How to: Make Android look and act like Ubuntu Touch

How to: Make Android look and act like Ubuntu Touch
Ubuntu Touch is getting closer and closer to being ready to go, but of course even when the platform is all set, there is always the issue of apps. It will take a while for the ecosystem to fill up with apps, so in the meantime, why not just customize your Android device to look like Ubuntu Touch. This way you still have access to all of your favorite Android apps, and you get a fresh new user experience as well.

As with everything like this, it is always fun to see the power of Android customization, but you also have to be aware of the limitations of the platform in changing its ways to mimic another platform. The big limitation right now in the process of making Android into Ubuntu Touch is of course that Android can't dock and become a desktop operating system, at least not without a solid amount of hackery. And, for this exercise, we want to stick with ways to customize that everyone can do, and won't require anything more than an Android device and the Google Play Store. 

With that in mind, let's get started with the biggest part of the equation: making your system look like Ubuntu Touch. 

More than a theme: Buzz Launcher

There are plenty of alternative launchers for Android that offer Ubuntu themes, like ADW Launcher and Go Launcher, but those don't really do much aside from give you a wallpaper and a new pack of icons. We're looking for a more comprehensive UI change to give that Ubuntu Touch feel. For this, some will suggest you use TSF Shell and a theme pack with that launcher; and, that will work quite well. But, TSF Shell costs almost $17, which is a bit steep for our tastes. 

With that in mind, we would suggest using Buzz Launcher, which is free. Buzz Launcher is a great overall option if you want to completely change the feel of your Android device. There are tons of user generated "Homepacks" which not only include icon packs and wallpapers to change the look, but they have spacers, text inserts, and suggested widgets to really complete the look you're going for. 

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With Buzz Launcher, you can make your Android device look like Windows Phone or iOS 7, or you can make it look like Ubuntu Touch with a solid Homepack from Craig Tuttle. The Homepack suggests using Wunderlist, and Simple Calendar Widget to complete the look, and it does look very nice. The only thing is that it has sections labeled "Frequently Used Apps", but of course they aren't dynamic, they just have whatever apps you put there.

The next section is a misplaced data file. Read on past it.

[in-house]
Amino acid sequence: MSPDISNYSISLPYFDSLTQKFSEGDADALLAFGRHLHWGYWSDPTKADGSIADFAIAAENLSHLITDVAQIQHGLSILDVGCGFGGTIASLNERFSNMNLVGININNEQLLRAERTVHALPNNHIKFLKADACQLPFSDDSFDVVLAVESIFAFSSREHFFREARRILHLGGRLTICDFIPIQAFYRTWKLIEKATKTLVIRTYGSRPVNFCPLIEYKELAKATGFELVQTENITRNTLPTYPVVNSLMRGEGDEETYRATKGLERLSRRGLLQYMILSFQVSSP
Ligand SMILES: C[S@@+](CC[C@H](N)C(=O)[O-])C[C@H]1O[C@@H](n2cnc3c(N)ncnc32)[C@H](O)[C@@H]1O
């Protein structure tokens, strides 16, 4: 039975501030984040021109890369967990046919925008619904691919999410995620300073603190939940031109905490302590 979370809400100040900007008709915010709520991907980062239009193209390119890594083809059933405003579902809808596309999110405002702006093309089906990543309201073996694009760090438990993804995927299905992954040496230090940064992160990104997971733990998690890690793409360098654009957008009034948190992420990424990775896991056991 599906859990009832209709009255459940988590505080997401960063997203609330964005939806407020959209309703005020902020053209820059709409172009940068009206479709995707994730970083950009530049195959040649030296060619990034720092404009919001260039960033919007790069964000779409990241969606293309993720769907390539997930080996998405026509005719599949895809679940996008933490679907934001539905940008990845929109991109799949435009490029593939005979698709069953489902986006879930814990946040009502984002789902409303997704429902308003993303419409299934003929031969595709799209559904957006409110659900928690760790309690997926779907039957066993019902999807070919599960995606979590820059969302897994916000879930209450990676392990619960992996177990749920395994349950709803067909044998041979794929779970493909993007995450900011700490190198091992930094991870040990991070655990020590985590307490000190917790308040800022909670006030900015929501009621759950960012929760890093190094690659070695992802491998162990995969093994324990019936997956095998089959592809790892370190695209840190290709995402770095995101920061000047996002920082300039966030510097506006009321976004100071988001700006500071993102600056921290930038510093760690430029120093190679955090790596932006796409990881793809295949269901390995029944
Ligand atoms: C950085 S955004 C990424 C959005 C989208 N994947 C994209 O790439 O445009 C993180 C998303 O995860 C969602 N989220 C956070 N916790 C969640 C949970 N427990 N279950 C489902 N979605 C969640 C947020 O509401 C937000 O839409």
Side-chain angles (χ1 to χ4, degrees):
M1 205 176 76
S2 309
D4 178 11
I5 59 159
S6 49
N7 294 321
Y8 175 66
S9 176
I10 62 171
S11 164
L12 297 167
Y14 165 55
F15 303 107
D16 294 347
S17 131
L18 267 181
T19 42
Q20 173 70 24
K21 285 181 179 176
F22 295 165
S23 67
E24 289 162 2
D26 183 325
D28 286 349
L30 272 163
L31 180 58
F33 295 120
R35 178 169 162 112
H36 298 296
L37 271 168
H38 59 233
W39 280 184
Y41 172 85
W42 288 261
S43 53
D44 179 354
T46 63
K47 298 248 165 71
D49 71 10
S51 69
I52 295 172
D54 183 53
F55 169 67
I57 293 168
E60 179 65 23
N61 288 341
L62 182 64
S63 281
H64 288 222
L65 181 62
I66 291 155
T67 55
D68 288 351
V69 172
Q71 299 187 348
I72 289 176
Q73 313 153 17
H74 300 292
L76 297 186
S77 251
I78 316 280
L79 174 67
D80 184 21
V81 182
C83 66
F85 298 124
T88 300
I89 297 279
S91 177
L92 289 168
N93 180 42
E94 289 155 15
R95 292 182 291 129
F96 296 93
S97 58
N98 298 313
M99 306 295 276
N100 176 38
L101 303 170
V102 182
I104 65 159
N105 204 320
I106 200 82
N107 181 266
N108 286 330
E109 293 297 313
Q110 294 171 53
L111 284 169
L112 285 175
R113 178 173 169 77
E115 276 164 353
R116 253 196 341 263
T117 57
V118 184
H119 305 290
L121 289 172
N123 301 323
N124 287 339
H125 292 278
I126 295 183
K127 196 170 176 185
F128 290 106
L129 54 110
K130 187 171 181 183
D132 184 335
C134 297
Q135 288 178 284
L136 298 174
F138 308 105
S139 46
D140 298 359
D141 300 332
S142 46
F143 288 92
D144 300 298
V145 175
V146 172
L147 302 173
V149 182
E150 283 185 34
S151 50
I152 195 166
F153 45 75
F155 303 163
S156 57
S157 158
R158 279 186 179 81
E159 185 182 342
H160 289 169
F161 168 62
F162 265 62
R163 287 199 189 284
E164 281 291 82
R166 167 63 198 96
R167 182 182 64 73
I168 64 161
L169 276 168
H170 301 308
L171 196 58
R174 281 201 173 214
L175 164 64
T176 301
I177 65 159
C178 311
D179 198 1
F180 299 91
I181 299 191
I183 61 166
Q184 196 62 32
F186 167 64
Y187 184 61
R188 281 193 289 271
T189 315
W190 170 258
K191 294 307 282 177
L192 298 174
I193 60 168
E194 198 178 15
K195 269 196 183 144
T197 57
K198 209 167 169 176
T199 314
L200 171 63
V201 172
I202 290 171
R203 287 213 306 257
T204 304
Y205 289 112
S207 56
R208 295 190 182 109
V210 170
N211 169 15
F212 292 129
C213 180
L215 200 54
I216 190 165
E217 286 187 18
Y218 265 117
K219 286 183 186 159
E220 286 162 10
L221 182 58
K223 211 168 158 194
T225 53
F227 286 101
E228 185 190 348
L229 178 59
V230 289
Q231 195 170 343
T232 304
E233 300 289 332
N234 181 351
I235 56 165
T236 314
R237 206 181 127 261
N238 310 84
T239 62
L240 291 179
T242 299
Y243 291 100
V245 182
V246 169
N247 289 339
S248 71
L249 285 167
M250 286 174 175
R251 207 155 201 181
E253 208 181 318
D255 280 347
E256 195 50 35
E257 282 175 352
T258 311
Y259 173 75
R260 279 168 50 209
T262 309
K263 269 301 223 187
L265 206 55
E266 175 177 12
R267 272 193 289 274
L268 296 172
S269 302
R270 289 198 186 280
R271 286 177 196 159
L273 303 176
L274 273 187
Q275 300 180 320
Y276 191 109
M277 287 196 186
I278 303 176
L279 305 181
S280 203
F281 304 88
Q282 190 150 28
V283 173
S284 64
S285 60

Buzz Launcher requires Android 4.0.3 or higher. If you are trying to customize a device with an older version of Android, you may have to invest in TSF Shell, which does support Android 2.2 and higher.


Ubuntu Lockscreen

Once you have the system looking like Ubuntu Touch, you have to make sure your device looks the part when you first unlock it. That's where Ubuntu Lockscreen comes in. The lockscreen on Ubuntu Touch is very distinctive and this app is by far the best at replicating the look and feel that you would expect. You get the wheel that shows your notifications, and for better or worse, there is no indication of how to unlock the device, but a swipe from the right will get you in. Though, if you want, you can set a lockscreen password.

The Ubuntu Lockscreen app will definitely give you the look, and the feel is on the way. The developer wanted to make sure the app is compatible with older versions of Android, and that's a huge benefit to this app. You might think that only devices running Android 4.3 would have access to all notifications, but the developer has told us that "everyone should be able to get all notifications" regardless of Android version. Since the app is compatible with Android 2.1 and up, that essentially covers the entire ecosystem. 

The dev told us that the only real benefit to the new Android 4.3 feature is to let apps know when a notification has been dismissed, and there are plans to include that in an update for Ubuntu Lockscreen soon.

Unity Launcher

When we first saw Ubuntu Touch shown off, one of the first apps to jump on the feature set was Glovebox, which brought the Unity Launcher to Android. Glovebox is still a solid option, and if you are looking for a free option, it will give you everything you want. It gives you quick access to apps with the swipe-in gesture, and it even improves on the Ubuntu Touch options by allowing shortcuts, widgets, and folders to be added to the launcher bar. The only thing is that since its release, Glovebox has been trying to move away from looking too much like Ubuntu Touch. You can still personalize it and use themes to make it look like Ubuntu, but there's another option that does all of that for you.